Let’s start with numbers. Only 27 examples of the Porsche 928 S4 Clubsport were ever produced. Out of these cars, four were prototypes, painted in Guards Red, and officially revealed to the public in 1987 – although gossip suggests that, in some form, testing might have started as early as 1983! Four other cars, painted in Grand Prix White, were given to Le Mans drivers of the Porsche 962 as test mules and PR vehicles to measure the public interest in a more driver-focused version of its flagship GT.
Differently specced to match their owners’ individual tastes, these machines were driven hard while racking up the miles to and from the racetrack. Stuck once confessed to having to have the rear tires changed every 10,000 kilometres, as the car was so engaging to drive it prompted him to slide it at every possible occasion. Derek Bell loved his Clubsport so much that he kept it for 18 years! This should already be enough of a recommendation to get the attention of any sportscar enthusiast.
Out of the 27 Porsche 928 S4 Clubsports built, nineteen cars were official production cars. Again, four of those were intended for internal use, as press cars or simply company cars for top Porsche managers. That meant only fifteen were left for actual customers to buy. Even in today’s world of limited-edition Porsches this is an extremely low number. Keep in mind as many as 250 units of the 997 Sport Classic were produced – a car which nowadays sells for over half a milion dollars. Even more impressive is the fact that this particular 928 CS you see in the photos is one of only seven cars made in the last year of production, only one of two ever to be painted in Forest Green Metallic – and the only one with a “cashmere beige” interior! Luckily, it is now offered for sale with Classic Driver.
Built in 1989, sporting the characteristic front-left wing “CS Clubsport” decal, it was produced as one of the two very last cars to ever wear that distinctive badge. Which means that, like its fifteen sister cars, it is as much as 100 to 120 kilograms lighter than the regular Porsche 928 S4s, depending on the specification. The weight-saving measures of this already largely aluminium-based car include: the absence of a sunroof, no electric seats, a smaller compressor for the air-conditioning unit, a lighter exhaust, no rear wiper, no rear sun visors, a simplified wiring harness, no PVC undercoating, and lighter, thinner wheels made out of magnesium-alloy.
Although at the time most cars were also deprived of a radio and a central locking mechanism, Porsche was not yet the mass manufacturer it is today, so models varied depending on what was available on the shelves of the factory warehouse. Therefore, this particular car, chassis number 840540, unusually has an original Blaupunkt Bremen unit with six speakers – probably because the factory had run out of door molds without speaker holes in them by the time it was produced.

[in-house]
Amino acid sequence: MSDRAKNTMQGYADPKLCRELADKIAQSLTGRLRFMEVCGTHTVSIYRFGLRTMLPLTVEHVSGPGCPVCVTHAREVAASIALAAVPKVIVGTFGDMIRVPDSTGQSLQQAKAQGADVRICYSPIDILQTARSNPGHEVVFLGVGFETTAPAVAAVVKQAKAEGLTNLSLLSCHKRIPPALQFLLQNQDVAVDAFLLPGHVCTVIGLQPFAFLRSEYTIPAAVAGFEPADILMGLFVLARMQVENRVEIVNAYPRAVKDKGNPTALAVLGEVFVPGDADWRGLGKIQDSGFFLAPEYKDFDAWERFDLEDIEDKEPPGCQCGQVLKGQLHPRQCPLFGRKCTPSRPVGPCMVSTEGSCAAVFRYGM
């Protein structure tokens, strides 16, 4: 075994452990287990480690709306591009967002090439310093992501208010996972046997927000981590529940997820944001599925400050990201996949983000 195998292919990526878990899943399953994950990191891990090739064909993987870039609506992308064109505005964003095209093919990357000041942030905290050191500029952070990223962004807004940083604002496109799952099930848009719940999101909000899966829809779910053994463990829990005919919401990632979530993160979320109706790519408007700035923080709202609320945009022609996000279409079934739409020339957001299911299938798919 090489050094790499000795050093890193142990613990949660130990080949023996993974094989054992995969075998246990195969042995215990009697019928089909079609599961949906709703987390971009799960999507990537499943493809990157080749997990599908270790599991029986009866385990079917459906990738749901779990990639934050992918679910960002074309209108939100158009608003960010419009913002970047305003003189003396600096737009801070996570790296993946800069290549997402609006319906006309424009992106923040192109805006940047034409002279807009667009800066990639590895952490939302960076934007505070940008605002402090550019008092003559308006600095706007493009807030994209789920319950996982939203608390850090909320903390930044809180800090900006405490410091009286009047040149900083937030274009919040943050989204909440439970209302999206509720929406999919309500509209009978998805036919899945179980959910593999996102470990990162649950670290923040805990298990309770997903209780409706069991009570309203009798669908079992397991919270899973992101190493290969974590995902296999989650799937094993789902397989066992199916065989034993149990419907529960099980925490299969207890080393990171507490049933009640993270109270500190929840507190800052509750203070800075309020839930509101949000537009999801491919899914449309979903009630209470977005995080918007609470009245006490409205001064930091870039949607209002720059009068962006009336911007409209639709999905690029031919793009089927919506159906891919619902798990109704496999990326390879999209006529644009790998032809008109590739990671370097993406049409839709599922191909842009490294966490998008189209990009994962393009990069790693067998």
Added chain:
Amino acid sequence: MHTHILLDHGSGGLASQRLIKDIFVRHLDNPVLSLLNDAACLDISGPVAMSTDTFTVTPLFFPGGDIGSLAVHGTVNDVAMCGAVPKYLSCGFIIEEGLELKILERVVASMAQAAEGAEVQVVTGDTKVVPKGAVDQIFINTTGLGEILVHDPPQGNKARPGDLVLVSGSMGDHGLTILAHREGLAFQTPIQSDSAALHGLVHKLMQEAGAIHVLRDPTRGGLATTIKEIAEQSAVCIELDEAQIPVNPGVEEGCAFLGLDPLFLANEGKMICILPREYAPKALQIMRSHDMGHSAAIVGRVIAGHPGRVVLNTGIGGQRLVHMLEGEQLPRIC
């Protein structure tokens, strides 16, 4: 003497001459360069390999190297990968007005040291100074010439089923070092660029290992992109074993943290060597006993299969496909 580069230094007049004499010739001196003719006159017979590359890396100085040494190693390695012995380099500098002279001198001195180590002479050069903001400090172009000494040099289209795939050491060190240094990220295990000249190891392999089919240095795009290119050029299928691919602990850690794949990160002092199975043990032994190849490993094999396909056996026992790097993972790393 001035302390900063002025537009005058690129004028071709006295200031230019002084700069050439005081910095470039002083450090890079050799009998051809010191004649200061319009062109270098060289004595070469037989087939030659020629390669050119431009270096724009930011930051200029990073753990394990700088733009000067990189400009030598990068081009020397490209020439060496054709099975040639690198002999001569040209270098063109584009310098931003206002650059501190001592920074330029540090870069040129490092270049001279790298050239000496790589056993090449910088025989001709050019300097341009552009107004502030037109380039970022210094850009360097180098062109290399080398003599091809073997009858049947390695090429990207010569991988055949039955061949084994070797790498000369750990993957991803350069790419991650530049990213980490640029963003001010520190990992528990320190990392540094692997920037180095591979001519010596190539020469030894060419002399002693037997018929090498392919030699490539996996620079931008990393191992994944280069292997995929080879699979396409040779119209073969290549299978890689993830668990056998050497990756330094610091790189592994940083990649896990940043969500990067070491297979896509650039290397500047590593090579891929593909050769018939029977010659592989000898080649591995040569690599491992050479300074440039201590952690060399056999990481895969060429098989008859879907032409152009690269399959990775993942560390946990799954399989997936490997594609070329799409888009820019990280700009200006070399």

This “individual” approach to manufacturing also means that apart from typical Porsche 928 CS mods – like a different final drive ratio of 2.72:1 for stronger initial acceleration, a shorter throw shifter, a factory limited-slip diff, a transaxle, dog-leg pattern ZF gearbox without a vibration dampener, sport seats, a 1,5 cm wider track and a ride height lowered by 20 mm – this particular car also has a special engine: One left-over from the days of the early prototypes. Distinguished by a special “SP” designation at the end of the engine number, it suggests a different control unit and modified, more aggressive camshafts than the ones used in the standard 320 hp, 5-litre V8.
This Clubsport’s next owner can therefore expect a sharper throttle response, a sharper turn-in, more grip, and better acceleration, breaking and engine notes than on all other 928 variants. Naturally, he or she will have to answer countless questions about the car’s unusual history and provenance at upcoming Porsche reunions, cars and coffee meetings or simply at petrol station stops – for such an understated machine, the car attracts quite a lot of attention.
Currently residing in Berlin, Germany, this particular, well-kept and regularly driven Porsche 928 Clubsport has around 120,000 kilometres on the clock. It was bought by the current, third owner – a collector of unusual, limited production cars – from a dealer in Switzerland, who had acquired the car from a Swiss owner that had bought it from the famous Porsche engineer, Bernd Kahnau, the man responsible for the 924 GTS. He had owned it from new as a company car. It comes with a Porsche AG certificate of originality, confirming its matching numbers, and original service and instruction manuals.
Considering the car’s heritage, the only thing its new custodian will have to do is to take it to the next roundabout and try to tackle it like Hans-Joachim Stuck. Sideways. Because that’s what these Clubsports were built for.
Words and images by Błażej Żulawski